Deep convolutional neural networks have emerged as a powerful technique to identify hidden patterns in complex cell imaging data. However, these machine learning techniques are often criticized as uninterpretable “black-boxes” - lacking the ability to provide meaningful explanations for the cell properties that drive the machine’s prediction. Here, we demonstrate that the latent features extracted from label-free live cell images by an adversarial auto-encoding deep convolutional neural network capture subtle details of cell appearance that allow classification of melanoma cell states, including the metastatic efficiency of seven patient-derived xenograft models that reflect clinical outcome. Although trained exclusively on patient-derived xenograft models, the same classifier also predicted the metastatic efficiency of immortalized melanoma cell lines suggesting that the latent features capture properties that are specifically associated with the metastatic potential of a melanoma cell regardless of its origin. We used the autoencoder to generate “in-silico” cell images that amplified the cellular features driving the classifier of metastatic efficiency. These images unveiled pseudopodial extensions and increased light scattering as functional hallmarks of metastatic cells. We validated this interpretation by analyzing experimental image time-lapse sequences in which melanoma cells spontaneously transitioned between states indicative of low and high metastatic efficiency. Together, this data is an example of how the application of Artificial Intelligence supports the identification of processes that are essential for the execution of complex integrated cell functions but are too subtle to be identified by a human expert.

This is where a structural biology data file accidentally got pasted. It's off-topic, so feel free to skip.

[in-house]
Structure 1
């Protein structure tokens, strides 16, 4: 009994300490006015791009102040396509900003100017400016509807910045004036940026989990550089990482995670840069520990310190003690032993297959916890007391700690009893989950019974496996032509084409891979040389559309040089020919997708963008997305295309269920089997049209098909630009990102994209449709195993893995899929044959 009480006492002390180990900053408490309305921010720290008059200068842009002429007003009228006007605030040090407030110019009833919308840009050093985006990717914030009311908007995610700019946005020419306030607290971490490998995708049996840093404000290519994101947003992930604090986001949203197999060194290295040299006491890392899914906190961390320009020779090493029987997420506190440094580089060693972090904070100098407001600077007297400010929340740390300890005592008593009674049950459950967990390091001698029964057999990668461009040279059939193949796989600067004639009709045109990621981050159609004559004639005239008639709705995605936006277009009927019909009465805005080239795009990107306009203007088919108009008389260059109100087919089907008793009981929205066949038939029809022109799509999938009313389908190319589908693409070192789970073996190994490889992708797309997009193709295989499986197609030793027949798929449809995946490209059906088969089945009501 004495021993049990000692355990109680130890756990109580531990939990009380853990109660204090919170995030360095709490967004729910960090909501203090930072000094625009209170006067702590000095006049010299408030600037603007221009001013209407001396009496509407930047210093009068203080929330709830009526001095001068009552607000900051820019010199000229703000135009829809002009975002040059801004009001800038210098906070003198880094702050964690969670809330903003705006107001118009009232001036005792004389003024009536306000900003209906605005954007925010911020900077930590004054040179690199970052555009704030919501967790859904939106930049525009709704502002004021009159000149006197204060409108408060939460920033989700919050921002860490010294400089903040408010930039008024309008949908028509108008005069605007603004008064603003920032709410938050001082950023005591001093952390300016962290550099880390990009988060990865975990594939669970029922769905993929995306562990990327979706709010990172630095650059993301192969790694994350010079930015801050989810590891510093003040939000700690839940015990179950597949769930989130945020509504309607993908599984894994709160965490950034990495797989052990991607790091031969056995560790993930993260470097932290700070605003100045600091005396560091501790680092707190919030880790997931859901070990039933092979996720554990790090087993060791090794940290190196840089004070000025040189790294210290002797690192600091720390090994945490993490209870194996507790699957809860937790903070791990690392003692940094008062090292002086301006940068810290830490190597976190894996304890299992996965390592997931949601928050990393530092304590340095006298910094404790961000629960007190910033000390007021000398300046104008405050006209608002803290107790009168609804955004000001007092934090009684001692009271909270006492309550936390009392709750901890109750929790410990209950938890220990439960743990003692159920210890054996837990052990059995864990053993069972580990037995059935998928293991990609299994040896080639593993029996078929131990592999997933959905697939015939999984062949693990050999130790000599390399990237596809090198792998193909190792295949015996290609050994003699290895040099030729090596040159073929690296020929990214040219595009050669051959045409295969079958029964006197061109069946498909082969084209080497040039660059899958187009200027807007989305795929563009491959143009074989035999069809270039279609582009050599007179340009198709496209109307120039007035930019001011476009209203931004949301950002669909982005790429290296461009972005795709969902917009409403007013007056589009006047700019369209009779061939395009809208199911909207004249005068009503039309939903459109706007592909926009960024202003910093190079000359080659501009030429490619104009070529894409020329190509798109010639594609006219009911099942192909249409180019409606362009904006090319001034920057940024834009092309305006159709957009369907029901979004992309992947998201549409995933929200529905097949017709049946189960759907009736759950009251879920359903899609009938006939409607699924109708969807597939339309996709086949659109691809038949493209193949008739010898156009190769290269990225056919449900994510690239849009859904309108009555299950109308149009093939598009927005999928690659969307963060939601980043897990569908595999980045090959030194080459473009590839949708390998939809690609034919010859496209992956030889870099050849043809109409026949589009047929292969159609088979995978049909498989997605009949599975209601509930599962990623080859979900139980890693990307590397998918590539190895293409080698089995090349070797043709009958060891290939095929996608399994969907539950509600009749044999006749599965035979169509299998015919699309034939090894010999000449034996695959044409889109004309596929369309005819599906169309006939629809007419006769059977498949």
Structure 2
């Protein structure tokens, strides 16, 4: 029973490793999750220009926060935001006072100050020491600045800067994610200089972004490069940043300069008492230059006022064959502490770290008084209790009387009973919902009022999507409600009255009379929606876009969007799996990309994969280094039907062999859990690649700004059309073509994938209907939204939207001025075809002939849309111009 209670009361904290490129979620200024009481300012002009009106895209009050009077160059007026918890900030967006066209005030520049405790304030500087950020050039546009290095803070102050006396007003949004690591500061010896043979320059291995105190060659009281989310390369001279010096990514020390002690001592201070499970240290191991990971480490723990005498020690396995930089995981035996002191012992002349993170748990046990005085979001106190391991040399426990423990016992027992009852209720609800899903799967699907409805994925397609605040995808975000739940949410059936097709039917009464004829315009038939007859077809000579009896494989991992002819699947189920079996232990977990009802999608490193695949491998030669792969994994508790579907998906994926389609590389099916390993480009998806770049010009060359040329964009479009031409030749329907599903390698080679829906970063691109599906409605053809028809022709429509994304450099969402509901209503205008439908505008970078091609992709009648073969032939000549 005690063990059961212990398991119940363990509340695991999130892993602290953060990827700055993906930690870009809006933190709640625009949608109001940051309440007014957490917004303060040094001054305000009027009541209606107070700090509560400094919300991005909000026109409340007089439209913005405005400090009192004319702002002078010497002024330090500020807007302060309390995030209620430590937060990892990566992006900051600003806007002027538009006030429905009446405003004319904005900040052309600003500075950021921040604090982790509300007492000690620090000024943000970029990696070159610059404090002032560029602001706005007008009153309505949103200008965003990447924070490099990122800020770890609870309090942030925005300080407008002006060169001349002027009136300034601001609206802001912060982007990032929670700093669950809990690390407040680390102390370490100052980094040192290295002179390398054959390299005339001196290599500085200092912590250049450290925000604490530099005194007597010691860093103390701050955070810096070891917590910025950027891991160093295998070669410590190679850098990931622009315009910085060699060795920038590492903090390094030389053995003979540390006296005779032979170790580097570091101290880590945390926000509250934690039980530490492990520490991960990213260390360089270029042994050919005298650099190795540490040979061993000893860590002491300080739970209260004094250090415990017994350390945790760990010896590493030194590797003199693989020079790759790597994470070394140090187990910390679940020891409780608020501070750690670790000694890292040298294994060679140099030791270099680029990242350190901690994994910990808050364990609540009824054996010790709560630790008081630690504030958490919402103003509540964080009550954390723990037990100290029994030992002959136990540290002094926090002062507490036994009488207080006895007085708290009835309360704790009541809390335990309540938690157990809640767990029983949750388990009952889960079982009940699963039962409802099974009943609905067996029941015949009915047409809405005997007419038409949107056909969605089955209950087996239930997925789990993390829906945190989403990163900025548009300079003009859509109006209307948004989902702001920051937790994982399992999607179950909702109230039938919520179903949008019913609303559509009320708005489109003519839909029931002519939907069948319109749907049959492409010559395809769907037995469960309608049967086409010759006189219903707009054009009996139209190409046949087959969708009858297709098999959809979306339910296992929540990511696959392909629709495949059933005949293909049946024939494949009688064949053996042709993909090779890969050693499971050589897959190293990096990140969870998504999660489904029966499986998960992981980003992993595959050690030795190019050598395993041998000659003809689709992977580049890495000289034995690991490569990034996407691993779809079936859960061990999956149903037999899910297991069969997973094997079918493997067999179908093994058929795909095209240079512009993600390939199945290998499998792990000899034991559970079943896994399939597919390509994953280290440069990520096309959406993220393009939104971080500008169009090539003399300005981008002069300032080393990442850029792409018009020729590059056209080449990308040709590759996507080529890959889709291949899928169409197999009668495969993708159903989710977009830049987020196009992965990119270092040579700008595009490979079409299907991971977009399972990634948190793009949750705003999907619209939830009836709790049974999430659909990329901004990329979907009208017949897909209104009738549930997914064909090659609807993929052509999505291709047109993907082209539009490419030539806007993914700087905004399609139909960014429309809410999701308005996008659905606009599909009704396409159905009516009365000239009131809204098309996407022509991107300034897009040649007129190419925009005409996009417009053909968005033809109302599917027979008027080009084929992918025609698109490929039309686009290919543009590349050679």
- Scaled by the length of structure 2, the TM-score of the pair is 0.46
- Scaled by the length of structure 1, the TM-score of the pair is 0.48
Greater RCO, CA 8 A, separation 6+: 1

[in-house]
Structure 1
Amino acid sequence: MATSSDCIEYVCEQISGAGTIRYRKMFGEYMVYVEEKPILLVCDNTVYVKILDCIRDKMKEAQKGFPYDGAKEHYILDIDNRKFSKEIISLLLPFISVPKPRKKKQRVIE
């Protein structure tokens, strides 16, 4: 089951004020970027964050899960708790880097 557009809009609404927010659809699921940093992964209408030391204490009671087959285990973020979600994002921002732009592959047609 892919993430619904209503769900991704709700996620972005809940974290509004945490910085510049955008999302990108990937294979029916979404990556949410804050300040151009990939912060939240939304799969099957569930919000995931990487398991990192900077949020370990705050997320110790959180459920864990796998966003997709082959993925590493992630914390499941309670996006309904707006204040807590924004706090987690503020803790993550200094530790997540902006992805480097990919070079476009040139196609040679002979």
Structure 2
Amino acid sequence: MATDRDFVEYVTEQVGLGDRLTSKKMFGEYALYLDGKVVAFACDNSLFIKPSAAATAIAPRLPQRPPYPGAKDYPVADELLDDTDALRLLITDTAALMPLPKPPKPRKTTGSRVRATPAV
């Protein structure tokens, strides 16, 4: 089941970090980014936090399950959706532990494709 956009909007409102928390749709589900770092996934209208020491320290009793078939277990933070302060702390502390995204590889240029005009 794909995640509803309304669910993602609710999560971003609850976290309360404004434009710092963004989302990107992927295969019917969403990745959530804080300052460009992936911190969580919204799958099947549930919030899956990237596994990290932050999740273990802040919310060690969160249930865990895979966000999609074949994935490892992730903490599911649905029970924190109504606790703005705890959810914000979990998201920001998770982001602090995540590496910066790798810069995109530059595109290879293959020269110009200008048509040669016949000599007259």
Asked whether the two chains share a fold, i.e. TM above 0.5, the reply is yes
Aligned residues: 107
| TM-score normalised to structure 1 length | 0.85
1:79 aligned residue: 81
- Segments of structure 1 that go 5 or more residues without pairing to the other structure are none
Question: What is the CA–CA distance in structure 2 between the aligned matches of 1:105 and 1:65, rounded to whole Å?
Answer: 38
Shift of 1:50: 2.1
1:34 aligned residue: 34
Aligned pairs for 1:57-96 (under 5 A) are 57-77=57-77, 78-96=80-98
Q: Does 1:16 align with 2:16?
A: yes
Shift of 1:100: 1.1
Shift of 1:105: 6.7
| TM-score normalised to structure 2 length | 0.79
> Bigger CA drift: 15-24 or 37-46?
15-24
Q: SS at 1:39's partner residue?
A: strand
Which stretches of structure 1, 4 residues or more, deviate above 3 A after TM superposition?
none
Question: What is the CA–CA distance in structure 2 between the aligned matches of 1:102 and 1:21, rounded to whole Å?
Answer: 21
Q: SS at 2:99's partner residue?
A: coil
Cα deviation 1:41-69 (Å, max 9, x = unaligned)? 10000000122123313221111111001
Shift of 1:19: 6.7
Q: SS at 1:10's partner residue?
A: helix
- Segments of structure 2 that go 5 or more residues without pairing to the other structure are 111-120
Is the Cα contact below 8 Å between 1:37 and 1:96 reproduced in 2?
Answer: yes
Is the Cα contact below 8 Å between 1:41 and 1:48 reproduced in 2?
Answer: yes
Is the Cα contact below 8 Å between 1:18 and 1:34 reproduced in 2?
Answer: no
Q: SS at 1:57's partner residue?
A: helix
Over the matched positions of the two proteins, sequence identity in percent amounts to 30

ASJC Scopus subject areas
- Biochemistry, Genetics and Molecular Biology(all)
- Agricultural and Biological Sciences(all)
- Immunology and Microbiology(all)
- Pharmacology, Toxicology and Pharmaceutics(all)